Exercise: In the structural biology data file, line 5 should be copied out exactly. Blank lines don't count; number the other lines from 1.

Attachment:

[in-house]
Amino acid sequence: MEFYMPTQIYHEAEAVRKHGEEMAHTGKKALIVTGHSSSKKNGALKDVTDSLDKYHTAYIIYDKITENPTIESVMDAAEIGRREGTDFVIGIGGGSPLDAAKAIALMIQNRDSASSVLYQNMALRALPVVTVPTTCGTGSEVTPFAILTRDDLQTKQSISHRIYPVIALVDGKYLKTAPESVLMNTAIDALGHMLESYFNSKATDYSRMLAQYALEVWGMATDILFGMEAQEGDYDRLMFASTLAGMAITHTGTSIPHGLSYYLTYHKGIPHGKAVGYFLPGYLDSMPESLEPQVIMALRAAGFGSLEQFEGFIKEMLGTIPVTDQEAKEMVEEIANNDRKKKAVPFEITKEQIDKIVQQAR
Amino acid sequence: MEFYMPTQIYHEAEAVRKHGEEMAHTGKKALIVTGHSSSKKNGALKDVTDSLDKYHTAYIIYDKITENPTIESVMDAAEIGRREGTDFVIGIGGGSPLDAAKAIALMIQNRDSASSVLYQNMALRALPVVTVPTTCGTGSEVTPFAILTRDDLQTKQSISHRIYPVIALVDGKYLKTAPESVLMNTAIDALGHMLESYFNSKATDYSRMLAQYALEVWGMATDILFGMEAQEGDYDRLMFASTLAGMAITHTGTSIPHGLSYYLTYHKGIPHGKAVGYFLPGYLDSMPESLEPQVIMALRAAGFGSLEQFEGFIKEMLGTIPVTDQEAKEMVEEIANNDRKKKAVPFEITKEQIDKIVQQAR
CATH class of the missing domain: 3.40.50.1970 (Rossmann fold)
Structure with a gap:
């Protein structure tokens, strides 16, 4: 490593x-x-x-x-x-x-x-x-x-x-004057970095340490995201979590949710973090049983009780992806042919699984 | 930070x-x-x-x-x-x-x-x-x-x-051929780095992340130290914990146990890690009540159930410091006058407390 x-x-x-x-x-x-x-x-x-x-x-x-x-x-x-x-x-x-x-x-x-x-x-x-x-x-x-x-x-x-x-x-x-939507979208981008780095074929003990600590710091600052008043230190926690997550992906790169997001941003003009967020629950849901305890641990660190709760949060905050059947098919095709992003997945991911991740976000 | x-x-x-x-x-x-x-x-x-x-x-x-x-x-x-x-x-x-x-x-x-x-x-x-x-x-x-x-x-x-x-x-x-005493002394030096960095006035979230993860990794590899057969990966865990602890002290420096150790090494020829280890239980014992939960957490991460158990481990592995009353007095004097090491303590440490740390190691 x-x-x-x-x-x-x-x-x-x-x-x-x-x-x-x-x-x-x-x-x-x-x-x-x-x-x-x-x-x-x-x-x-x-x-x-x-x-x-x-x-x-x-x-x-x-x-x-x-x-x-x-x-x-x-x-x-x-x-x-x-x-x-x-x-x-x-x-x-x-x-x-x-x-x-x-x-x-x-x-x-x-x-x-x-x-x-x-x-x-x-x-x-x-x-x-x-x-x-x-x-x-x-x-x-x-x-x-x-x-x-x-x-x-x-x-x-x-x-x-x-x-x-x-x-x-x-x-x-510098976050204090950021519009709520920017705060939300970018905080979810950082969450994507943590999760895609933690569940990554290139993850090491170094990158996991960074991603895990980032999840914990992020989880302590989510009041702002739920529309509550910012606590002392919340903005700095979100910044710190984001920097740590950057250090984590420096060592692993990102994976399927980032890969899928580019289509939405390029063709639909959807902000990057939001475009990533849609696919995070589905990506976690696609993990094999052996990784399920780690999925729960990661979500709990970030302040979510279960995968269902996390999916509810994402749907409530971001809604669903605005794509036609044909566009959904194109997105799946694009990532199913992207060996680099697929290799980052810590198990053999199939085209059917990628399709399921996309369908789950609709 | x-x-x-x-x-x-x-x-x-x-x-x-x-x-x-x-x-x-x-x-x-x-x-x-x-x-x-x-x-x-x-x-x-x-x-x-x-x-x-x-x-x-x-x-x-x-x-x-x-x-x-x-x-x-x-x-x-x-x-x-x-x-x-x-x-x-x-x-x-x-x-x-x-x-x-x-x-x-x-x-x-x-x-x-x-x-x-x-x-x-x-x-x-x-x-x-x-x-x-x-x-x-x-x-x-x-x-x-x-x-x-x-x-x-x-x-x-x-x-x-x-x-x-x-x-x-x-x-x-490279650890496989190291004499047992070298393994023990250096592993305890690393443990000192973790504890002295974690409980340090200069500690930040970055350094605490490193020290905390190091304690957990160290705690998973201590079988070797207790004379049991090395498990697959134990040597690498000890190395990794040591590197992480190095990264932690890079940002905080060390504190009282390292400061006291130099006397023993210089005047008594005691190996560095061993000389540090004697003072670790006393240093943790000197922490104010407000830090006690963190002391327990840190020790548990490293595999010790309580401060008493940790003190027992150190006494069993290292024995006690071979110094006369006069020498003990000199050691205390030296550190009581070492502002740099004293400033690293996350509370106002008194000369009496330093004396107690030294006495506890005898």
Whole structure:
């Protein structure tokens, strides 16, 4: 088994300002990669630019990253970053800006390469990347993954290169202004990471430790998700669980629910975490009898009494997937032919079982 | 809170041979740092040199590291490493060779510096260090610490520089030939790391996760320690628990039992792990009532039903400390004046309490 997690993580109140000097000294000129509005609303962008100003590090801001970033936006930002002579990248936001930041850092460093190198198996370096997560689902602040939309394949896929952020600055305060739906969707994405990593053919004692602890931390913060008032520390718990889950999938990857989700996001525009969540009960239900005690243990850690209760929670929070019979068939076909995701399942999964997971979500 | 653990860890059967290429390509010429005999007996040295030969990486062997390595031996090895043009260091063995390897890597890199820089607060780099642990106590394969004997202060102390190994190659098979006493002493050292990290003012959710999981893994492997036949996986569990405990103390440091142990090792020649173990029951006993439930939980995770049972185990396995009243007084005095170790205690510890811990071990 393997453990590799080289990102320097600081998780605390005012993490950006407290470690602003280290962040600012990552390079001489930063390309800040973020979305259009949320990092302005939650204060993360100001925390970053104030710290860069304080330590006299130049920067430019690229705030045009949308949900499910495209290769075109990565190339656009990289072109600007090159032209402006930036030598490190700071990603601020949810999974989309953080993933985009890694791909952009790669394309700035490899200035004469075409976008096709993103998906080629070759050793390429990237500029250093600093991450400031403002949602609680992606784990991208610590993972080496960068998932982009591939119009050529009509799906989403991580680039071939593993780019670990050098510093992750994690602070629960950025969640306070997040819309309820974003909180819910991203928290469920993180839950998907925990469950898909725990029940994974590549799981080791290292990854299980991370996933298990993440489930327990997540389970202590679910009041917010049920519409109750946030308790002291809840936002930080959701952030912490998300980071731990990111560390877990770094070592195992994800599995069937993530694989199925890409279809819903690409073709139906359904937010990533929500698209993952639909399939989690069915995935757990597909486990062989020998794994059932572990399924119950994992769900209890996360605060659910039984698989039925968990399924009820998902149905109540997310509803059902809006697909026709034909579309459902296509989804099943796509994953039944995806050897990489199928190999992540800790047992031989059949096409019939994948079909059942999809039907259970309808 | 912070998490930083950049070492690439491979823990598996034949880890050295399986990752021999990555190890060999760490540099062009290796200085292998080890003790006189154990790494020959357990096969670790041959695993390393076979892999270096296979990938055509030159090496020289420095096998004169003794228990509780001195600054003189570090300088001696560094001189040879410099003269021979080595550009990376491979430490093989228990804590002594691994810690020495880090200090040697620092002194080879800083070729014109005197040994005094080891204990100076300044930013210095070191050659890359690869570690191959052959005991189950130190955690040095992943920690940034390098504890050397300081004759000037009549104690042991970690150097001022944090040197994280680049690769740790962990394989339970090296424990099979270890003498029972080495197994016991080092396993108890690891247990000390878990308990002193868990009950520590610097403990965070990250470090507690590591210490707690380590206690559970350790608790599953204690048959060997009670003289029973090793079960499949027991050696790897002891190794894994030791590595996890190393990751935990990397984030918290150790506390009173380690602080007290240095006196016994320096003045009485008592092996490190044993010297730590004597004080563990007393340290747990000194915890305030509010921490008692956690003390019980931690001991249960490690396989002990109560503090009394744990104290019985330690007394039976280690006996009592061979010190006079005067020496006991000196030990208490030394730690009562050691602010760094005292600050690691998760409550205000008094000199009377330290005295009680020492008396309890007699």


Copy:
Structure with a gap: